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Culture

It's Lit! Latina Novelists On Living With (And Writing In) Two Languages

Photo: alt.Latino
Photo: alt.Latino

Novelists Isabel Allende and Sandra Cisneros do not have much in common — their personal histories, writing styles and subject matter all differ — but what they do share is a towering presence as icons in the world of arts and letters.

But they also received outsized recognition for their first works, published just a few years apart: Allende’s breakthrough magic realism novel La Casa de Los Espiritus was published in Argentina in 1982 (later translated and published in English as The House of the Spirits in 1985); Cisneros published The House on Mango Street, her Chicana realism novel, in 1984.

This week, we celebrate those differences in two wide-ranging conversations centered around their recently published books: Allende’s newest memoir, The Soul of a Woman, and Cisneros’ bilingual tale of ex-pat Latinas in Paris, Martita, I Remember You/Martita, te recuerdo.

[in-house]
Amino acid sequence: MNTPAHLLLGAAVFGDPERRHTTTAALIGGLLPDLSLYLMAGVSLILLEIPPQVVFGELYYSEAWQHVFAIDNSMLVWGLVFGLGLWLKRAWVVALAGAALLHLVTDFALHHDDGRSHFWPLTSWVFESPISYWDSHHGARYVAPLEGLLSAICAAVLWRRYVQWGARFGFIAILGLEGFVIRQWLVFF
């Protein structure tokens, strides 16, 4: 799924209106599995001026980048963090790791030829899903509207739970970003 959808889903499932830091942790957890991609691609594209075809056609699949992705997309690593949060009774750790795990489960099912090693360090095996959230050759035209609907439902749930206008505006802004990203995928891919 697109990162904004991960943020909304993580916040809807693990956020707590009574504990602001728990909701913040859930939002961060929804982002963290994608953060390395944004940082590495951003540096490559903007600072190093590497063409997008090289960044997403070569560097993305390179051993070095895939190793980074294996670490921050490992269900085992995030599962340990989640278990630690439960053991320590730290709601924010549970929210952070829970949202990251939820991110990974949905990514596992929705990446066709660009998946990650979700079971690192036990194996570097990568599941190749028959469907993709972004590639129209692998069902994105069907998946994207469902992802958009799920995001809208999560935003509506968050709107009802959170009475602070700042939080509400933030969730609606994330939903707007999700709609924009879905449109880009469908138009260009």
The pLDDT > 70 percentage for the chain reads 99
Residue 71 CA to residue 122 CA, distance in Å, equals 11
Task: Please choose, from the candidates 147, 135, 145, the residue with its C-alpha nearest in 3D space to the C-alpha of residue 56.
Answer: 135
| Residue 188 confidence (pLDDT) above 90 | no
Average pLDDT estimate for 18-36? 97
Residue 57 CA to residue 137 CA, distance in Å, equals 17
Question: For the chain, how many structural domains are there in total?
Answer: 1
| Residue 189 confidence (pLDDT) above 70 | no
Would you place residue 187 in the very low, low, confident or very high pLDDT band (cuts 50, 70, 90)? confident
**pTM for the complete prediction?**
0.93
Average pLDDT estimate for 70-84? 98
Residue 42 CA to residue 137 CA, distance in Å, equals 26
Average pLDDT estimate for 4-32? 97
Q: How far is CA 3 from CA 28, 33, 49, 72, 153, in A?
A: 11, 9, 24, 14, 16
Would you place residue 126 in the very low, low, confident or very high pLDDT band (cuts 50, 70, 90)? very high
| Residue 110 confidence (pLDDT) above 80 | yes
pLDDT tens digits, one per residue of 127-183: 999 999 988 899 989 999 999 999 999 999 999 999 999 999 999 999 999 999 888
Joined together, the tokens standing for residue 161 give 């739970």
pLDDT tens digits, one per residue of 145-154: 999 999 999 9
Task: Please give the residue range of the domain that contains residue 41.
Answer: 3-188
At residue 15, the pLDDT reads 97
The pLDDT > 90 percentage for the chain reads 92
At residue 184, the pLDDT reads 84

But, as often happens during conversations with highly creative minds, the conversations touch on deeper philosophical matters: the role of women in Latino cultures, living and writing with two languages, and why you kill off the handsome male character by page 112.

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